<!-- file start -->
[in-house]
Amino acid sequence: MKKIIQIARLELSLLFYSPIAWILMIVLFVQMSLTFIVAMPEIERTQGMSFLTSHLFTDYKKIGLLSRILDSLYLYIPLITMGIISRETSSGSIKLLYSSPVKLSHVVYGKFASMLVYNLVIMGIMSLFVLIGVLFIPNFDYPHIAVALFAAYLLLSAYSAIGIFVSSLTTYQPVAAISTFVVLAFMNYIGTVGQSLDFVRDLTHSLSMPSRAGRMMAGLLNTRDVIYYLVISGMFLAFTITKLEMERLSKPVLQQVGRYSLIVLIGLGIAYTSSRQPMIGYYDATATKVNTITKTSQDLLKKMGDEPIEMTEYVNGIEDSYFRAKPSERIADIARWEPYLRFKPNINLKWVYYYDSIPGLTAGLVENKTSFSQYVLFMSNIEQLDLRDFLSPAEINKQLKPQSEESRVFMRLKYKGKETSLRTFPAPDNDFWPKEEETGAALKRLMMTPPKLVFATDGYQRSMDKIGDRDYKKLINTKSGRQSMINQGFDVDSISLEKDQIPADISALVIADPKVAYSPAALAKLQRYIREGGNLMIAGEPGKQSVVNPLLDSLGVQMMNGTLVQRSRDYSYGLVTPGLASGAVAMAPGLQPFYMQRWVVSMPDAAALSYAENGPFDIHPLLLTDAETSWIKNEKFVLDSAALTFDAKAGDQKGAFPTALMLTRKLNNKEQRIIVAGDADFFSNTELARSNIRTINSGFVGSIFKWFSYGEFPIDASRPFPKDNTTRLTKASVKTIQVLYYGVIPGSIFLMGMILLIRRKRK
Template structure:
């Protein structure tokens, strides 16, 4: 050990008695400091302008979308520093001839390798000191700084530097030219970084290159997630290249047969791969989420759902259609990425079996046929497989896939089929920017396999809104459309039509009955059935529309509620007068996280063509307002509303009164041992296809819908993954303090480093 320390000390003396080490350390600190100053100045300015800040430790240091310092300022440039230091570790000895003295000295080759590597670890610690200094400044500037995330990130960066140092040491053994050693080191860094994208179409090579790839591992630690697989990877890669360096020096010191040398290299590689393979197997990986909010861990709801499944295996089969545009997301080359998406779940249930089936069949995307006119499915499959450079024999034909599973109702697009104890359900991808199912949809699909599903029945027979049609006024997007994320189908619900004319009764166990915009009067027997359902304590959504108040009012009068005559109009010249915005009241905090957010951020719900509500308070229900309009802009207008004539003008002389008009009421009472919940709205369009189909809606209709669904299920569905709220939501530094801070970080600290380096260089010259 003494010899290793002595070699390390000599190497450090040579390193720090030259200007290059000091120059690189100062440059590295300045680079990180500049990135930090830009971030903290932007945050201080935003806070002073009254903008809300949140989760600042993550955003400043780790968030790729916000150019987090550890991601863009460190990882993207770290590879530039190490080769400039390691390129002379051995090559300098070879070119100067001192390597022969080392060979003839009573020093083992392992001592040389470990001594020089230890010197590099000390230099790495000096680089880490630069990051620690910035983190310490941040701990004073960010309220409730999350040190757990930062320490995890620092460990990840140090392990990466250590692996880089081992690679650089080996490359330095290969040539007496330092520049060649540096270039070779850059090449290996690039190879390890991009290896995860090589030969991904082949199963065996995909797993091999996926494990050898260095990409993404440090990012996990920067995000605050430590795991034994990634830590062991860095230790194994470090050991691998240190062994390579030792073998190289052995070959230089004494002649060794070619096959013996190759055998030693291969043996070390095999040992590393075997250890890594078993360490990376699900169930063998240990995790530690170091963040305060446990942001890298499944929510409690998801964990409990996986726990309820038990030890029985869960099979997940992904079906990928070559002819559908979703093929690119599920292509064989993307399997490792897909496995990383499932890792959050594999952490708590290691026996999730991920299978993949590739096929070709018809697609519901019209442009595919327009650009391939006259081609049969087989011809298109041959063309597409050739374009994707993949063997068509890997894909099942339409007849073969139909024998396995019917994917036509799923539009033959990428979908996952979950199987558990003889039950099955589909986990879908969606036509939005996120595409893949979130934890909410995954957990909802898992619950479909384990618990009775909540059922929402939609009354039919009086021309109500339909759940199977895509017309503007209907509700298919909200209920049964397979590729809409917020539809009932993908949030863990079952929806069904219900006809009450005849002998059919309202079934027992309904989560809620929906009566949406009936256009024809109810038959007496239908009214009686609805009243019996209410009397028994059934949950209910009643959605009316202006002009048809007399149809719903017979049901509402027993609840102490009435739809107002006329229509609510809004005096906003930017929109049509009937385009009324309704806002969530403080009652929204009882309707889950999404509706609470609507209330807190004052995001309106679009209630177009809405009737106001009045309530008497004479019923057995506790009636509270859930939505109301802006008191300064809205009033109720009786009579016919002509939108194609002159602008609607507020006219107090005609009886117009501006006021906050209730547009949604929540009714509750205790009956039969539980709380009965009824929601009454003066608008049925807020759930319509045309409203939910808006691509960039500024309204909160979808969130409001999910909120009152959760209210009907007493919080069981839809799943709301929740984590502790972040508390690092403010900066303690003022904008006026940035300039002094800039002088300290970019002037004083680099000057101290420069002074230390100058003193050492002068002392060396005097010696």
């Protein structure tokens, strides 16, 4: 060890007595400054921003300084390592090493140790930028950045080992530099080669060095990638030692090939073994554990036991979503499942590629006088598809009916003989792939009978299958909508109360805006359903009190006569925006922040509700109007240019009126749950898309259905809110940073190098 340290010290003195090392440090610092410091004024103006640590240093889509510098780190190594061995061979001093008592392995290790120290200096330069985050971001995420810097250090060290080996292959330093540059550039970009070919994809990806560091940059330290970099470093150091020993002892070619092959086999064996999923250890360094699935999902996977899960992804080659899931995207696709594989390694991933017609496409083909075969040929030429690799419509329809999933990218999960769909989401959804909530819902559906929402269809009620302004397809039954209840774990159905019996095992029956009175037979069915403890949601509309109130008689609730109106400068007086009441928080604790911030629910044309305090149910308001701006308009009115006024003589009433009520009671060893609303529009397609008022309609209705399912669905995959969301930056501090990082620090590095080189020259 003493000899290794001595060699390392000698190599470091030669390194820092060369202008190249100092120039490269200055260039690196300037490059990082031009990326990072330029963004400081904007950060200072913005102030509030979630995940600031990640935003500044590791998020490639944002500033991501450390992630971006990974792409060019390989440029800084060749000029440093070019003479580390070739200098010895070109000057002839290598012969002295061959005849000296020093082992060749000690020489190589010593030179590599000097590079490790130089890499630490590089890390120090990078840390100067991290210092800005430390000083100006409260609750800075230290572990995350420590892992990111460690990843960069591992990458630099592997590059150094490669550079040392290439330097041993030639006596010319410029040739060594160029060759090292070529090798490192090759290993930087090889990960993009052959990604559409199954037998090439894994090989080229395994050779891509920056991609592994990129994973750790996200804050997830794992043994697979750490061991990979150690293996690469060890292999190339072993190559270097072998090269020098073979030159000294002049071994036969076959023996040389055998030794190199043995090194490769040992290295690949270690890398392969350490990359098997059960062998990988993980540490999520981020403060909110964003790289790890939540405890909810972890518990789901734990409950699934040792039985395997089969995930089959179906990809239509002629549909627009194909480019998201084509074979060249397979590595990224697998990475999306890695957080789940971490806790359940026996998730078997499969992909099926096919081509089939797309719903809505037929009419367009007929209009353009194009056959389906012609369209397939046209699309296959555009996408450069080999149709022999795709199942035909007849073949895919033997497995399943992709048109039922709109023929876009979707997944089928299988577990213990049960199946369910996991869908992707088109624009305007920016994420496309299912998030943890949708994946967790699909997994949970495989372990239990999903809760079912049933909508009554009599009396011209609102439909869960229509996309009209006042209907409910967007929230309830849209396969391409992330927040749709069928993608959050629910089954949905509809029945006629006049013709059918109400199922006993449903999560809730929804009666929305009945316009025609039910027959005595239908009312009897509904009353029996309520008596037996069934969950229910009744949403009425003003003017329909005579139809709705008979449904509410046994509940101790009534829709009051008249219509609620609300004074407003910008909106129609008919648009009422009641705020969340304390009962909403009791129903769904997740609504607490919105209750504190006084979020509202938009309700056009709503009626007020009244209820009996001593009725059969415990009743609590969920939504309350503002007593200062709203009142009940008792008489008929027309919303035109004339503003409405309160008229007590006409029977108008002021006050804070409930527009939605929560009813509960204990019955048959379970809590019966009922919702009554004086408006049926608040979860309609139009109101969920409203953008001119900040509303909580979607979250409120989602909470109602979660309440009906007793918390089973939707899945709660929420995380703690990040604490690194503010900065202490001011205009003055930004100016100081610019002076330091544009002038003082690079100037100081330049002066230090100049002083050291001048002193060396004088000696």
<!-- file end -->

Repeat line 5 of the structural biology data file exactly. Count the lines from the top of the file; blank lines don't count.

């Protein structure tokens, strides 16, 4: 060890007595400054921003300084390592090493140790930028950045080992530099080669060095990638030692090939073994554990036991979503499942590629006088598809009916003989792939009978299958909508109360805006359903009190006569925006922040509700109007240019009126749950898309259905809110940073190098 340290010290003195090392440090610092410091004024103006640590240093889509510098780190190594061995061979001093008592392995290790120290200096330069985050971001995420810097250090060290080996292959330093540059550039970009070919994809990806560091940059330290970099470093150091020993002892070619092959086999064996999923250890360094699935999902996977899960992804080659899931995207696709594989390694991933017609496409083909075969040929030429690799419509329809999933990218999960769909989401959804909530819902559906929402269809009620302004397809039954209840774990159905019996095992029956009175037979069915403890949601509309109130008689609730109106400068007086009441928080604790911030629910044309305090149910308001701006308009009115006024003589009433009520009671060893609303529009397609008022309609209705399912669905995959969301930056501090990082620090590095080189020259 003493000899290794001595060699390392000698190599470091030669390194820092060369202008190249100092120039490269200055260039690196300037490059990082031009990326990072330029963004400081904007950060200072913005102030509030979630995940600031990640935003500044590791998020490639944002500033991501450390992630971006990974792409060019390989440029800084060749000029440093070019003479580390070739200098010895070109000057002839290598012969002295061959005849000296020093082992060749000690020489190589010593030179590599000097590079490790130089890499630490590089890390120090990078840390100067991290210092800005430390000083100006409260609750800075230290572990995350420590892992990111460690990843960069591992990458630099592997590059150094490669550079040392290439330097041993030639006596010319410029040739060594160029060759090292070529090798490192090759290993930087090889990960993009052959990604559409199954037998090439894994090989080229395994050779891509920056991609592994990129994973750790996200804050997830794992043994697979750490061991990979150690293996690469060890292999190339072993190559270097072998090269020098073979030159000294002049071994036969076959023996040389055998030794190199043995090194490769040992290295690949270690890398392969350490990359098997059960062998990988993980540490999520981020403060909110964003790289790890939540405890909810972890518990789901734990409950699934040792039985395997089969995930089959179906990809239509002629549909627009194909480019998201084509074979060249397979590595990224697998990475999306890695957080789940971490806790359940026996998730078997499969992909099926096919081509089939797309719903809505037929009419367009007929209009353009194009056959389906012609369209397939046209699309296959555009996408450069080999149709022999795709199942035909007849073949895919033997497995399943992709048109039922709109023929876009979707997944089928299988577990213990049960199946369910996991869908992707088109624009305007920016994420496309299912998030943890949708994946967790699909997994949970495989372990239990999903809760079912049933909508009554009599009396011209609102439909869960229509996309009209006042209907409910967007929230309830849209396969391409992330927040749709069928993608959050629910089954949905509809029945006629006049013709059918109400199922006993449903999560809730929804009666929305009945316009025609039910027959005595239908009312009897509904009353029996309520008596037996069934969950229910009744949403009425003003003017329909005579139809709705008979449904509410046994509940101790009534829709009051008249219509609620609300004074407003910008909106129609008919648009009422009641705020969340304390009962909403009791129903769904997740609504607490919105209750504190006084979020509202938009309700056009709503009626007020009244209820009996001593009725059969415990009743609590969920939504309350503002007593200062709203009142009940008792008489008929027309919303035109004339503003409405309160008229007590006409029977108008002021006050804070409930527009939605929560009813509960204990019955048959379970809590019966009922919702009554004086408006049926608040979860309609139009109101969920409203953008001119900040509303909580979607979250409120989602909470109602979660309440009906007793918390089973939707899945709660929420995380703690990040604490690194503010900065202490001011205009003055930004100016100081610019002076330091544009002038003082690079100037100081330049002066230090100049002083050291001048002193060396004088000696």